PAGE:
Knowing how to use tools like RSBAC is just one piece of the security puzzle. The first step on the road to a more secure system is awareness. You need to be aware of the risks and weigh the benefits and costs of matching countermeasures. Do you really need a more secure system?
You may argue that many people use Linux for a hobby and/or for private use and that very few people would be interested in breaking in on such systems. You may argue that you are off-line most of the times. But nowadays even private users have a lot of valuable data stored on their systems and most of these systems are (regularly) connected to the Internet. For example in the Netherlands it is fairly common to do your banking on-line (over the Internet). The network connection is encrypted but information about your transaktions is stored unencrypted in the browser cache. Your private (e-)mail probably is stored somewhere on your Linux box, as is data about your credit cards and possibly confidential materials belonging to your clients or your employer. Your unprotected Linux system could be a worthwile target for malicious crackers. And for some virtual burglars the incentive is not even to steal your data. A fair number of people likes to break into other peoples systems "because they are there". Many of them are not even mischievous, but they may want to use your system to provide them with extra resources or to mask their identity with yours, for example by using your system to send anonymous e-mail. In that process they may intentionally weaken your security (create backdoors) which may create additional opportunities for real crackers. Accepting these risks can result in substantial damage and costs.
However, countermeasures have a price tag too and often introduce other risks. Your system may be more difficult to administer or may show signs of reduced performance. There may be a (too) steep learning curve involved. Misconfiguration of a protection system may result in a system that in fact is less secure than before, with the added risk of a user that feels he is safe and hence is more careless with private data then ever.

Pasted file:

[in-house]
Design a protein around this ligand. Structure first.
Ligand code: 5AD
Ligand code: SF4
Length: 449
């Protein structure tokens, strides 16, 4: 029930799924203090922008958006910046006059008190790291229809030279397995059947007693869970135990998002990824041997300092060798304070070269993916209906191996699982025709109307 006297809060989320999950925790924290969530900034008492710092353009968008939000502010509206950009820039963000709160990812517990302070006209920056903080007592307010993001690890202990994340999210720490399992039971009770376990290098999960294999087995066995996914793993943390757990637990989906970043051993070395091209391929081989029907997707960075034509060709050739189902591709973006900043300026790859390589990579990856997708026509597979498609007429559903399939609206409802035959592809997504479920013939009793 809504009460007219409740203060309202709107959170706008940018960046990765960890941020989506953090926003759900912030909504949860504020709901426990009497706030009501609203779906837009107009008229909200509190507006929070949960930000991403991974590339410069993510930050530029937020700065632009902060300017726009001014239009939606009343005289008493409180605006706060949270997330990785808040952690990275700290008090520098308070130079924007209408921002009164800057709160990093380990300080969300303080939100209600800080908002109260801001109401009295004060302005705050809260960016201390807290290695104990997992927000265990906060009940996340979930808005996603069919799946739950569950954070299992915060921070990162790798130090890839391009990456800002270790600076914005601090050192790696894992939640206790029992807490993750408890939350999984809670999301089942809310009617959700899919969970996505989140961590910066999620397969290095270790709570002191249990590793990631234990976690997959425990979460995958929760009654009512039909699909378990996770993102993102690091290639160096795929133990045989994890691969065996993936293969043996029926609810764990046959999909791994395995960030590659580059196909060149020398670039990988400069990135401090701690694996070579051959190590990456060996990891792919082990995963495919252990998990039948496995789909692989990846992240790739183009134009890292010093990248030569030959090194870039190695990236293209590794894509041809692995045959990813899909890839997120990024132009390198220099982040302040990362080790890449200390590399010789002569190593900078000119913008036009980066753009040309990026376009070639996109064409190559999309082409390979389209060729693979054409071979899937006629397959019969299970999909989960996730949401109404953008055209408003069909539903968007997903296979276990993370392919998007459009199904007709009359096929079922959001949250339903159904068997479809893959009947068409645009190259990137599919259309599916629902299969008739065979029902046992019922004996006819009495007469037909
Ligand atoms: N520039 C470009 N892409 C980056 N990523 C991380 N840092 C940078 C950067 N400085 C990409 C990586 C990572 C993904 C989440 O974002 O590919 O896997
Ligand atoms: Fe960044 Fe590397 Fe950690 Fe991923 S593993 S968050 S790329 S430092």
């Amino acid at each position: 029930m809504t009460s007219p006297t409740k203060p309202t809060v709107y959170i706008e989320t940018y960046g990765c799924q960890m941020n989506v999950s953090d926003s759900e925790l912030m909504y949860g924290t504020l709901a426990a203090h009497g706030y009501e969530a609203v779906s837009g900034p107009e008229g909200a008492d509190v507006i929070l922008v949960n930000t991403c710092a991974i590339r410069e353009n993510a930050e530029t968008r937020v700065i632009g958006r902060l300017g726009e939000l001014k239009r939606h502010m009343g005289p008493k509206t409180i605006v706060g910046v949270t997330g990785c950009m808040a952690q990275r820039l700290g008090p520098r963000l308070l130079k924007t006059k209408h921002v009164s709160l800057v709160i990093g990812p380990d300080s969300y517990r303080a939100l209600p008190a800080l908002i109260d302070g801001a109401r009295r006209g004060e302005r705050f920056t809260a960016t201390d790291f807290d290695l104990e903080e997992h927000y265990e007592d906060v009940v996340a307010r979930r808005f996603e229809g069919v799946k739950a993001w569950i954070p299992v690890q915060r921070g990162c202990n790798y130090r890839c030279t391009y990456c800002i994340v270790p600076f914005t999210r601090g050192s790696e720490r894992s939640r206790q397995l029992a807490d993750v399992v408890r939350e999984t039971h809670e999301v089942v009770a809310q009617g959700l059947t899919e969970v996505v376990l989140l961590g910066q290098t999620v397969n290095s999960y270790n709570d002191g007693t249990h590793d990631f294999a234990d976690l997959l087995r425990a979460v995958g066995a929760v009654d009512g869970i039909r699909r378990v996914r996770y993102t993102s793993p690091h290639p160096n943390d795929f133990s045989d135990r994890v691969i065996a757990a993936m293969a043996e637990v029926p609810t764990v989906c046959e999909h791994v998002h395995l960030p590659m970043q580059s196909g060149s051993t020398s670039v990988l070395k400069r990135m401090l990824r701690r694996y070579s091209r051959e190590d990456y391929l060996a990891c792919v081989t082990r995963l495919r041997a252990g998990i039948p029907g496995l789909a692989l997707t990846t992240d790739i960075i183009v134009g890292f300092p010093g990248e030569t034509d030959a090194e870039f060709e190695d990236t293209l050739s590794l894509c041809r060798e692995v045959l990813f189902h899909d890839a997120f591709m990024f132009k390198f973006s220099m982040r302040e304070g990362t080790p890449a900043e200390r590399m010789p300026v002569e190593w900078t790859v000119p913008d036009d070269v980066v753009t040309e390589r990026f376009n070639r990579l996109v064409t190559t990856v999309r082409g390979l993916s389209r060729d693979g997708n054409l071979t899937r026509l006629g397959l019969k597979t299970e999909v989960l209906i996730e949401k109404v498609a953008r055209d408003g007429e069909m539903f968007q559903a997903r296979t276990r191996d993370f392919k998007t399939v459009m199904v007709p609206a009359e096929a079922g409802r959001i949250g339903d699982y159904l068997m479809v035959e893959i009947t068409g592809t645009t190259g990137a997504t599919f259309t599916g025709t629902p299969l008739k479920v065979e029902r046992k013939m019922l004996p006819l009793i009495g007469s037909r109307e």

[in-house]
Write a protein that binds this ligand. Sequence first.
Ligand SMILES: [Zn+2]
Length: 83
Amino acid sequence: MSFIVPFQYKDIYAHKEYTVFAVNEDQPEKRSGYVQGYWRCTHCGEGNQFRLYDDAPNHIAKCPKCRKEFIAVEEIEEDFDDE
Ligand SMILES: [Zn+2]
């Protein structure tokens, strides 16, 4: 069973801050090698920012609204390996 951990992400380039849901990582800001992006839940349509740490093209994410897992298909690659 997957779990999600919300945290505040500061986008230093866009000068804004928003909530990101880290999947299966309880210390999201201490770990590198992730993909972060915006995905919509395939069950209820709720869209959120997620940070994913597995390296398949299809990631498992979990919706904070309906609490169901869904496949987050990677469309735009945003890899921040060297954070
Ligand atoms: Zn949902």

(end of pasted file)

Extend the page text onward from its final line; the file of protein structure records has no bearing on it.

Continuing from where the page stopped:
In the professional world you will need to weigh the risks first. Often this process of weighting risks results in a formal security policy. The security policy should be communicated and accepted before deciding about solutions, procedures and tools. In a professional environment this process is repeated regularly: am I still safe? Are there new risks? How do I counteract? But even if you are "just" a private user it does not harm to think before you act and adopt (part of) the policies companies use.
This book does not deal with security policies extensively. A handbook that is a guide to setting computer security policies and procedures for sites that have systems on the Internet is available on the Internet itself (http://www.faqs.org/rfcs/rfc1244.html) . It lists issues and factors that a site must consider when setting security policies. One of the basic approaches listed is:
look at what you are trying to protect;
look at what you need to protect it from;
determine how likely the threats are;
implement measures which will protect your assets in a cost-effective manner;
review the process continuously, and improve things every time a weakness is found.
RSBAC is just a tool - a very useful one, but nevertheless: just a tool. It was designed to help you prevent your systems from unwanted access, but in that process it may restrict the use of your system in general. You need to be willing to accept the extra administration and the sometimes steep learning curve that comes with using RSBAC. Always ask yourself: "Why do I accept putting up with restrictions - is the risk involved worth my effort?". In practice, many times the answer should be "yes", but it's your decision. Make sure it is well-considered.